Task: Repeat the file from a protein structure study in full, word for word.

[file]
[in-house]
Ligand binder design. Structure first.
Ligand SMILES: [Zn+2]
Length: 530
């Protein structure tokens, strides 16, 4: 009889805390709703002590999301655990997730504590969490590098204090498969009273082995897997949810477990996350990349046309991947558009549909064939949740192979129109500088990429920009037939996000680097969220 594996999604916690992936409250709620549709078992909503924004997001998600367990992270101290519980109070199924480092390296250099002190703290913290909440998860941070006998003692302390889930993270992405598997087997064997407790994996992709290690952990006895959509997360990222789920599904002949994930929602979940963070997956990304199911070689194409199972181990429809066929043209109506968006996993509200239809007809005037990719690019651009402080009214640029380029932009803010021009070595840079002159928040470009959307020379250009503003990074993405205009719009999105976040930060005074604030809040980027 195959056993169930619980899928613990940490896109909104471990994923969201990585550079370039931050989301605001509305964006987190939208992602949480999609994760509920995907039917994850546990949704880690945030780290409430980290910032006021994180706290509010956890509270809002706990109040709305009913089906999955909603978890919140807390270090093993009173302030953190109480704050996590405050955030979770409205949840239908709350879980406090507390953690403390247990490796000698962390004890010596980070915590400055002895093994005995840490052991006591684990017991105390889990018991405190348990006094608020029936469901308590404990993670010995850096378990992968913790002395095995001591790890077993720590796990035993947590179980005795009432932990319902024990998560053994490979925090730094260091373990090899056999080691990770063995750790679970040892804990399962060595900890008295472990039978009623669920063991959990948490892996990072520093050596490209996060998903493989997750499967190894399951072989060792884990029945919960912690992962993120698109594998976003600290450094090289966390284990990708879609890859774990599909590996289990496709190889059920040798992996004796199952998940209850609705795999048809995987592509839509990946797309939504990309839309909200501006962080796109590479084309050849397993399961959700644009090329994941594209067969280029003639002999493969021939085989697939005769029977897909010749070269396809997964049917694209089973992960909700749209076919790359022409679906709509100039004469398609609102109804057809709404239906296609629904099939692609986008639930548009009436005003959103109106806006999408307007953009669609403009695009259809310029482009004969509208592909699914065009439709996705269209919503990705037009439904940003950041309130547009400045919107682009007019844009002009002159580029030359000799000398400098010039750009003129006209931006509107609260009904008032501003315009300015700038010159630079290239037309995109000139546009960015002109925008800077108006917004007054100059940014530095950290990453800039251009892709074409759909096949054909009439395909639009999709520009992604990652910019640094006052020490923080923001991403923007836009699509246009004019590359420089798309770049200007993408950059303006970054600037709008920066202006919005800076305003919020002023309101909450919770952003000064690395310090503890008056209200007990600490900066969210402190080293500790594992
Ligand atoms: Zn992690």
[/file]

[in-house]
Ligand binder design. Structure first.
Ligand SMILES: [Zn+2]
Length: 530
């Protein structure tokens, strides 16, 4: 009889805390709703002590999301655990997730504590969490590098204090498969009273082995897997949810477990996350990349046309991947558009549909064939949740192979129109500088990429920009037939996000680097969220 594996999604916690992936409250709620549709078992909503924004997001998600367990992270101290519980109070199924480092390296250099002190703290913290909440998860941070006998003692302390889930993270992405598997087997064997407790994996992709290690952990006895959509997360990222789920599904002949994930929602979940963070997956990304199911070689194409199972181990429809066929043209109506968006996993509200239809007809005037990719690019651009402080009214640029380029932009803010021009070595840079002159928040470009959307020379250009503003990074993405205009719009999105976040930060005074604030809040980027 195959056993169930619980899928613990940490896109909104471990994923969201990585550079370039931050989301605001509305964006987190939208992602949480999609994760509920995907039917994850546990949704880690945030780290409430980290910032006021994180706290509010956890509270809002706990109040709305009913089906999955909603978890919140807390270090093993009173302030953190109480704050996590405050955030979770409205949840239908709350879980406090507390953690403390247990490796000698962390004890010596980070915590400055002895093994005995840490052991006591684990017991105390889990018991405190348990006094608020029936469901308590404990993670010995850096378990992968913790002395095995001591790890077993720590796990035993947590179980005795009432932990319902024990998560053994490979925090730094260091373990090899056999080691990770063995750790679970040892804990399962060595900890008295472990039978009623669920063991959990948490892996990072520093050596490209996060998903493989997750499967190894399951072989060792884990029945919960912690992962993120698109594998976003600290450094090289966390284990990708879609890859774990599909590996289990496709190889059920040798992996004796199952998940209850609705795999048809995987592509839509990946797309939504990309839309909200501006962080796109590479084309050849397993399961959700644009090329994941594209067969280029003639002999493969021939085989697939005769029977897909010749070269396809997964049917694209089973992960909700749209076919790359022409679906709509100039004469398609609102109804057809709404239906296609629904099939692609986008639930548009009436005003959103109106806006999408307007953009669609403009695009259809310029482009004969509208592909699914065009439709996705269209919503990705037009439904940003950041309130547009400045919107682009007019844009002009002159580029030359000799000398400098010039750009003129006209931006509107609260009904008032501003315009300015700038010159630079290239037309995109000139546009960015002109925008800077108006917004007054100059940014530095950290990453800039251009892709074409759909096949054909009439395909639009999709520009992604990652910019640094006052020490923080923001991403923007836009699509246009004019590359420089798309770049200007993408950059303006970054600037709008920066202006919005800076305003919020002023309101909450919770952003000064690395310090503890008056209200007990600490900066969210402190080293500790594992
Ligand atoms: Zn992690």